“Now, keep in mind when we started this, the investigation of the incident [by Argentine authorities] was already more than five months in. What we found quickly in the investigation in our due diligence was that the player was never arrested, never charged with anything ever. He wasn’t even brought in for interrogation and questioning. But he was listed as a person of interest within the investigation. And because of that and an abundance of caution, the club along with the league decided that we need to let this process play out. We need to let the investigation play out and see what comes of the prosecutor’s work. And if the investigation closes, then maybe we could do something depending on what comes out of that.

“So, as Darren said to that end, we entered into an option agreement with Velez. That exclusive option agreement was done with the specific purpose of saying, ‘We like the player, but only if certain things occur would we actually consider to exercise that option.’ Specifically, that this investigation by the prosecutor’s office wouldn’t yield any new evidence that would result in a charge or any further potential [questioning] of the player.”

Efstathiou explained that the term “archived” is how Almada’s involvement in the investigation is described in Argentine law, which Efstathiou defined as “a culmination and end to an investigation.”

Efstathiou emphasized that various reports, both those sourced locally in Buenos Aires and others published around the world reported Almada’s involvement in the case erroneously. When asked if words like “charged” were misused by international press, Efstathiou responded emphatically:

“Complete, complete misuse. Some [in the media] have said [charges] ‘are dropped’ or ‘they’ve been dismissed.’ No, there’s no dismissal. There’s no dropping of anything. There were never any charges.”

Efstathiou added that in when investigations such as these are archived, victims have an opportunity to appeal that decision. In this case, Efstathiou said, “that appeal period went through and there was no appeal by the victim. There was not even an appeal submitted and then overruled. There was no appeal.”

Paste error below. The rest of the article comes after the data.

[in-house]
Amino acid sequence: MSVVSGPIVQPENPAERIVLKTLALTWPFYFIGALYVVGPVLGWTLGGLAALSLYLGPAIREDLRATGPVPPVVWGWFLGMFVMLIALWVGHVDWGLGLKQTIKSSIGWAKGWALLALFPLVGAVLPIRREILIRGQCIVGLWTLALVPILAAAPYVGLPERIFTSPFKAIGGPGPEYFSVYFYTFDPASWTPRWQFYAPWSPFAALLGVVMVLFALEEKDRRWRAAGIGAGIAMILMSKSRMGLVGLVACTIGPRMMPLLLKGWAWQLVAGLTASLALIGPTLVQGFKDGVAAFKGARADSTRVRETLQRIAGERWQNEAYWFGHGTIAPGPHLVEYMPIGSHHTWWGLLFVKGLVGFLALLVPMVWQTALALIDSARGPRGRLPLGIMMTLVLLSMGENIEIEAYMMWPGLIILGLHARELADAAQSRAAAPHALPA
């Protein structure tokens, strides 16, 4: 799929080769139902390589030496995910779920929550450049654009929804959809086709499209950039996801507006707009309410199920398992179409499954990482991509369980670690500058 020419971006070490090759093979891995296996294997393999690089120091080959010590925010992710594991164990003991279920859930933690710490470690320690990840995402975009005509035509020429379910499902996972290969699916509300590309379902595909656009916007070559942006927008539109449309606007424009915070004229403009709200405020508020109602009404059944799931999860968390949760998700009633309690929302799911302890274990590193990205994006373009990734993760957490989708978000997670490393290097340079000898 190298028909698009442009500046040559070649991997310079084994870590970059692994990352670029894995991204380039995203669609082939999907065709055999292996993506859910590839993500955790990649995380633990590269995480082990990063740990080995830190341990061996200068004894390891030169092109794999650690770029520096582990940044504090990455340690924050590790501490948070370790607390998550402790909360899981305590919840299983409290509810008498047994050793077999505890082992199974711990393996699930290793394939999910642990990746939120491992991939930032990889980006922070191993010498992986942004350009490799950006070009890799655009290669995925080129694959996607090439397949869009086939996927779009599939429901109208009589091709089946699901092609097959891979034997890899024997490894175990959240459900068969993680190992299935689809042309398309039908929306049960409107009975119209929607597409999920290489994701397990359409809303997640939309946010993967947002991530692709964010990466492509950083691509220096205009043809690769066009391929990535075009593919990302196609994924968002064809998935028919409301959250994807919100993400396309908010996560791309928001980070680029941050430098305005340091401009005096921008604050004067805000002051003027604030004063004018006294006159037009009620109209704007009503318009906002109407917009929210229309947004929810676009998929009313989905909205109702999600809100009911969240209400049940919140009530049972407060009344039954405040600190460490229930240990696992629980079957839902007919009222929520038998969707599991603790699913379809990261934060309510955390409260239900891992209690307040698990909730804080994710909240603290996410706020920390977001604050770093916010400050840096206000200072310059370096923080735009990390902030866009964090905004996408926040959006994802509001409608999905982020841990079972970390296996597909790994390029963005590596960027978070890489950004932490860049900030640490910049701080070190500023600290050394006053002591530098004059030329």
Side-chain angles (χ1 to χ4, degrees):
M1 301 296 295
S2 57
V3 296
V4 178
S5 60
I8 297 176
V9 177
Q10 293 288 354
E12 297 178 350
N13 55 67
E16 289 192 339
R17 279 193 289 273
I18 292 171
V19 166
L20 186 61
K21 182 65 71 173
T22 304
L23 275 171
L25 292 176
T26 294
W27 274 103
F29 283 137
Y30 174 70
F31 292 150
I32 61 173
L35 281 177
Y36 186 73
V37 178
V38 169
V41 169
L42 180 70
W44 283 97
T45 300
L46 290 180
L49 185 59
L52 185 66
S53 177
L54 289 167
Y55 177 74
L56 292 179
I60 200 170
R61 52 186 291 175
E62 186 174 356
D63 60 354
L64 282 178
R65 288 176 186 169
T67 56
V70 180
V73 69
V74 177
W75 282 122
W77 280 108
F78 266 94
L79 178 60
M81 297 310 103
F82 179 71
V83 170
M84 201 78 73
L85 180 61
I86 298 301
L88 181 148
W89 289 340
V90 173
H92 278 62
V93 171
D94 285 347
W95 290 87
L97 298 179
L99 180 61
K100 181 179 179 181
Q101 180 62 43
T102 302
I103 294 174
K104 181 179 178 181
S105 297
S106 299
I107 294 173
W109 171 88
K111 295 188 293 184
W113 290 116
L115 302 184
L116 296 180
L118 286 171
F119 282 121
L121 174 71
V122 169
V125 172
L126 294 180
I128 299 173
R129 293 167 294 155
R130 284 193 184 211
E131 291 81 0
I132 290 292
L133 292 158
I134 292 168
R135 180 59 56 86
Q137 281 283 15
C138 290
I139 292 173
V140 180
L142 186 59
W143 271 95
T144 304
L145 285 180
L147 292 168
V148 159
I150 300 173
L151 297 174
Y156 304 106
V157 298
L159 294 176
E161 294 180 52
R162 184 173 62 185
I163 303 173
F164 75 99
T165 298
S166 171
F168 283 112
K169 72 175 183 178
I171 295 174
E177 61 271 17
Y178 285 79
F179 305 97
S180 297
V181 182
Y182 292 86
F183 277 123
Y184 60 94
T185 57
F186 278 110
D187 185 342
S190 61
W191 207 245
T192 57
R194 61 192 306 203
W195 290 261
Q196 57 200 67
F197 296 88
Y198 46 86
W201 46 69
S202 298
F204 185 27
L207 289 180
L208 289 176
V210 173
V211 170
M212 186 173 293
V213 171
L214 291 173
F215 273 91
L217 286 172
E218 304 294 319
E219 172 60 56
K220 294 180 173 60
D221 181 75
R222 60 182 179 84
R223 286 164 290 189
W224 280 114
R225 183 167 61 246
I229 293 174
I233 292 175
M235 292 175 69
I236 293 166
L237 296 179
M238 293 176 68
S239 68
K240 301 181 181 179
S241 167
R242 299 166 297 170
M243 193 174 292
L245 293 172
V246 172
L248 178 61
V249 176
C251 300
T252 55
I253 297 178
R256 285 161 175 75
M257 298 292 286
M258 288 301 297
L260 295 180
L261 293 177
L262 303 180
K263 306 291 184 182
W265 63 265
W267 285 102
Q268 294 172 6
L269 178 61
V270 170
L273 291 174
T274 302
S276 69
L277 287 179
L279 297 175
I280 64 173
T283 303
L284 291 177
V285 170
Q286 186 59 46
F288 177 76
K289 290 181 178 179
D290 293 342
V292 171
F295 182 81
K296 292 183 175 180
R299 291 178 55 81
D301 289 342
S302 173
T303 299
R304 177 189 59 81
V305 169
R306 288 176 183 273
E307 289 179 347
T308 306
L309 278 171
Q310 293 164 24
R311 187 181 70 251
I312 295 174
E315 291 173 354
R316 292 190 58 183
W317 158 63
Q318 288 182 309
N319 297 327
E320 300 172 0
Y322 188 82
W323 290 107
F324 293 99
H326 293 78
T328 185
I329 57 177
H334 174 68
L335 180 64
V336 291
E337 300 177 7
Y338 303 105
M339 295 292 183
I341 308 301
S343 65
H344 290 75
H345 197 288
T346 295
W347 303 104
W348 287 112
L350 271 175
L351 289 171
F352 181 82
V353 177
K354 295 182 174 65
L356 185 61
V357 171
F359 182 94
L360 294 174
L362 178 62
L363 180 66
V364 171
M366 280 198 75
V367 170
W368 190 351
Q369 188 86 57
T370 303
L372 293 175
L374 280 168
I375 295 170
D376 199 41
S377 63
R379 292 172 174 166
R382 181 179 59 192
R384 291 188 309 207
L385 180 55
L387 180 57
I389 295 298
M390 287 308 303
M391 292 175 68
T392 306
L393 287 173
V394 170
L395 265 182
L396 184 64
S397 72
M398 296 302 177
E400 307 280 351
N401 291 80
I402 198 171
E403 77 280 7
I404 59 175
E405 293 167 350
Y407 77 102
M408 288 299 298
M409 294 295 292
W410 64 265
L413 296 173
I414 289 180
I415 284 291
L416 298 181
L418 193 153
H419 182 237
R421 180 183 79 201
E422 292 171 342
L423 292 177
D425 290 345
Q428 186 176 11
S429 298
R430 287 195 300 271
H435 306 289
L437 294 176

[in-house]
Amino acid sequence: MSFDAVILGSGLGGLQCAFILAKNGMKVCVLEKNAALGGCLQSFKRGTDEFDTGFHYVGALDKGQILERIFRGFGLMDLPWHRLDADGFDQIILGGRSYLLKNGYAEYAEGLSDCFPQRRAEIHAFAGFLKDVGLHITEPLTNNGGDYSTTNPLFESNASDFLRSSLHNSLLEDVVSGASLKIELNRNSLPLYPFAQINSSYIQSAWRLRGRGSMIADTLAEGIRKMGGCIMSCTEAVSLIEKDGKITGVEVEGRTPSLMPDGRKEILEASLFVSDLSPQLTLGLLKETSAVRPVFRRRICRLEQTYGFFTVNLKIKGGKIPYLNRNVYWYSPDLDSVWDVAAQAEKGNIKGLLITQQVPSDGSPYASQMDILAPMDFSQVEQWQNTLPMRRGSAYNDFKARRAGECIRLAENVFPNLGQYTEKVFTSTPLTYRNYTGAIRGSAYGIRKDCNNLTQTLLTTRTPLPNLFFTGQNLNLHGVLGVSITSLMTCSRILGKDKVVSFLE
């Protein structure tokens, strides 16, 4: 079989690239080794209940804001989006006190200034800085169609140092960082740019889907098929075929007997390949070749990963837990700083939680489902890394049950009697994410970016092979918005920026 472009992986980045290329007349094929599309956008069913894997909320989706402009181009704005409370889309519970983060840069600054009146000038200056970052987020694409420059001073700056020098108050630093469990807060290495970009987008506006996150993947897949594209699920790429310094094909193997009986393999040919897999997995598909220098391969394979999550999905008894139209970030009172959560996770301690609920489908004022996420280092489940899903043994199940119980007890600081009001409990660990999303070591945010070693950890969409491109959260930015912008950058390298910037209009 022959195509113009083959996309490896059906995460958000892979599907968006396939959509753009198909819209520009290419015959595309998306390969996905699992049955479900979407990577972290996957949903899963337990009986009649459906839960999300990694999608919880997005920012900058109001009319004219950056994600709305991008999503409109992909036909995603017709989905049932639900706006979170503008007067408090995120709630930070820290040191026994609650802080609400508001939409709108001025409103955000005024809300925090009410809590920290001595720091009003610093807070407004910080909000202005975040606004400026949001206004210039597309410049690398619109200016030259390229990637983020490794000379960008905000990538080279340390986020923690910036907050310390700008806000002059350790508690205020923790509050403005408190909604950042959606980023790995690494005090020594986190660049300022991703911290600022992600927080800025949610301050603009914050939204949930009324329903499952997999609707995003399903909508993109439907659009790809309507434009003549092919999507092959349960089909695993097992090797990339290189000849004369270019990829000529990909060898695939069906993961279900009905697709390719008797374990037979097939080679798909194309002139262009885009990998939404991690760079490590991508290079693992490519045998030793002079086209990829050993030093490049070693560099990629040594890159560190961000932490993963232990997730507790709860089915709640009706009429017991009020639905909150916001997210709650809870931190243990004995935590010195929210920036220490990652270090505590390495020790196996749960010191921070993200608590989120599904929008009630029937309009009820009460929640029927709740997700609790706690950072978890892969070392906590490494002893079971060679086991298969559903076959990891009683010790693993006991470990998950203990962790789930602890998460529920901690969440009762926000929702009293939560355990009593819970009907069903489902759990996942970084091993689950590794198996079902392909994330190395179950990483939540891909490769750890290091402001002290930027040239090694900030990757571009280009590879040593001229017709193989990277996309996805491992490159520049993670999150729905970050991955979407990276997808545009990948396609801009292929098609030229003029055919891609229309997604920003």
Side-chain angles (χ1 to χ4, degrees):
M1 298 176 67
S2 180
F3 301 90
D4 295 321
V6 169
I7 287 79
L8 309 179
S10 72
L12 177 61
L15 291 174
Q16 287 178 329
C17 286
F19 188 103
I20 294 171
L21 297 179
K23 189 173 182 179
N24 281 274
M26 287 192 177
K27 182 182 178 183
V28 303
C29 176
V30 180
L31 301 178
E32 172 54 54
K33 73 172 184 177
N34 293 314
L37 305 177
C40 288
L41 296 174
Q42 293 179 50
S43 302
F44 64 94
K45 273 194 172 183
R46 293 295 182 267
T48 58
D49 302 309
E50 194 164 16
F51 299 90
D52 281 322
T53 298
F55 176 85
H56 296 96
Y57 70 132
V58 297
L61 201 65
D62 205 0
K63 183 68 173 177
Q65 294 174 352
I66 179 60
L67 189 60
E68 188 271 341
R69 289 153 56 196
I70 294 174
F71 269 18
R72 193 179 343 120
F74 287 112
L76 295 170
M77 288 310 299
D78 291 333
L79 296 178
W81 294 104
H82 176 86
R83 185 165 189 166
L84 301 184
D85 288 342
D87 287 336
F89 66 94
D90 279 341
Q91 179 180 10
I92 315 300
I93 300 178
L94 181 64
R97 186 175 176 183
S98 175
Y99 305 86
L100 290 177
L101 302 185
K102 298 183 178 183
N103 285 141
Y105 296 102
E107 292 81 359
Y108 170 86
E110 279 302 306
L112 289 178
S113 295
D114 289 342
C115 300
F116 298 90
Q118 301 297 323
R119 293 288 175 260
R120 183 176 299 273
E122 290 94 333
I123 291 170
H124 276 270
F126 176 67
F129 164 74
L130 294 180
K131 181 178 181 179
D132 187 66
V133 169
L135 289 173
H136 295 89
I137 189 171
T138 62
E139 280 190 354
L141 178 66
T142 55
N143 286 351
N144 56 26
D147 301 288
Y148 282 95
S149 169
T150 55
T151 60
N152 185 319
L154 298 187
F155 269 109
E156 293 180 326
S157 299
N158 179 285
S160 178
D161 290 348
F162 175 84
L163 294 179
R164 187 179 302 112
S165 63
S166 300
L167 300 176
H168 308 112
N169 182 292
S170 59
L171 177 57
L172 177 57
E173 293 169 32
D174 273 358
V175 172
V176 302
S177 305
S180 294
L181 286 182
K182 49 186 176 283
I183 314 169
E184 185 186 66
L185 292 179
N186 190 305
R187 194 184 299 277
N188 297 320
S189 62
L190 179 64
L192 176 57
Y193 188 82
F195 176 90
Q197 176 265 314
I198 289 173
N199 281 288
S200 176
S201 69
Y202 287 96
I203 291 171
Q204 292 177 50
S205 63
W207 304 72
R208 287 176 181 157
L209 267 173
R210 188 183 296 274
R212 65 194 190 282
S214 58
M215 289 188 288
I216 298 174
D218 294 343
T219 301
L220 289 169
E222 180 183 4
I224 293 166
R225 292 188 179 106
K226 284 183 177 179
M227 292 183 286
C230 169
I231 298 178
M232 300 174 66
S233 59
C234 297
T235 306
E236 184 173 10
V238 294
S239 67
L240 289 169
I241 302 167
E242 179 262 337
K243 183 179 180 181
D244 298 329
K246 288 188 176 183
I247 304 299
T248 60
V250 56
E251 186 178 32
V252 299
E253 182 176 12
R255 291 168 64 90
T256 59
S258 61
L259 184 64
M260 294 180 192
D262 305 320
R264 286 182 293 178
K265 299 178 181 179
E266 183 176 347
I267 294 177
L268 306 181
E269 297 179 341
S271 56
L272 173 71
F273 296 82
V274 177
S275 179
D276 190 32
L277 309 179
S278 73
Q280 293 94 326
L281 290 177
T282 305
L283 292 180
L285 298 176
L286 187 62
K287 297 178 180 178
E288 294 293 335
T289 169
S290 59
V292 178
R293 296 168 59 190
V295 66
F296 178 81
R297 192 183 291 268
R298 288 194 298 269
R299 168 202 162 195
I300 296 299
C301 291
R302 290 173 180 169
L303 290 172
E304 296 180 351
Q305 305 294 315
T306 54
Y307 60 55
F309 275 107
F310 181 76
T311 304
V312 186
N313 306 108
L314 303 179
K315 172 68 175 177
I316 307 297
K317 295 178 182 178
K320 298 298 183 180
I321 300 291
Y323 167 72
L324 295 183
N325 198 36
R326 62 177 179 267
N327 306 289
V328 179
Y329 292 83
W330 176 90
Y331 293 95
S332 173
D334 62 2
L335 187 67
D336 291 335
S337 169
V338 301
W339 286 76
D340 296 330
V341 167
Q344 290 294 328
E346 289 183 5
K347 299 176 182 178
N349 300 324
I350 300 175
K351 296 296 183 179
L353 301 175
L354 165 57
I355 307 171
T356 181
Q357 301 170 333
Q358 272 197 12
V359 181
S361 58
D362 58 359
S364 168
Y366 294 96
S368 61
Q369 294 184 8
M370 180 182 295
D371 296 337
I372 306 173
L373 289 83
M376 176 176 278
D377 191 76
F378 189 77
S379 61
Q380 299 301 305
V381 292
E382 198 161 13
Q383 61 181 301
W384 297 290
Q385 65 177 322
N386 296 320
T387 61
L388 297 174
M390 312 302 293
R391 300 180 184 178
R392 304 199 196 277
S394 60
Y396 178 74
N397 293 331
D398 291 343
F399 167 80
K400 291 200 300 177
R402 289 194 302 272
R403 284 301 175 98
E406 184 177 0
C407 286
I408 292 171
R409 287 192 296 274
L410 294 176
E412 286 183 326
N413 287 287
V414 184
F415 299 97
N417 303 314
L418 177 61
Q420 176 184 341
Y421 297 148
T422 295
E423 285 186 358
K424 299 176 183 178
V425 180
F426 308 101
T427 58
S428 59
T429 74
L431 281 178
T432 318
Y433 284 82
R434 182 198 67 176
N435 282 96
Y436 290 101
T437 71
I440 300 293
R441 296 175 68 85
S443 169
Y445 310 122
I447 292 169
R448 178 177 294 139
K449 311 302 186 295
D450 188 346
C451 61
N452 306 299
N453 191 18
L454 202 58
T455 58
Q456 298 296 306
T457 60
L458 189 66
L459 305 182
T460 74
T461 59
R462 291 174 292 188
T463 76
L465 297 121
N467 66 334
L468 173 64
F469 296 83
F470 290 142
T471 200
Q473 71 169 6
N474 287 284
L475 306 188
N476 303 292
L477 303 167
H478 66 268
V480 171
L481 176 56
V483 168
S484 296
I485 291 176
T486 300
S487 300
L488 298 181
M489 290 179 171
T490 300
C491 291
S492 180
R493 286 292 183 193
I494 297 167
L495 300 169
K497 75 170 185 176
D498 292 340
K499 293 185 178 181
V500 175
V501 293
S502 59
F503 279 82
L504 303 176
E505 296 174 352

“A year-long investigation culminated with no arrest of the player, no charge of the player, and ended with a formal archiving of the investigation,” said Efstathiou. “That happened right at the beginning of February this year, February 1. So with that, we decided — again, in lockstep with the league — to exercise the option for the player.”

And Eales was clear upon speaking that Almada’s arrival in Atlanta was completely contingent on him clearing the legal process without incident or discovery by investigators.

“Obviously we couldn’t talk about what we’re talking about now until we got to this circumstance,” said Eales. “The legal process had to play out. There had to be no charges, no interrogation. And it be archived in the Argentinian due process. That had to happen. Anything else, and the transfer doesn’t happen.”

But, it did happen. Thiago Almada is the newest member of Atlanta United, and if the team is to have success in their goals of winning trophies this season, the young talent will undoubtedly be an important reason why.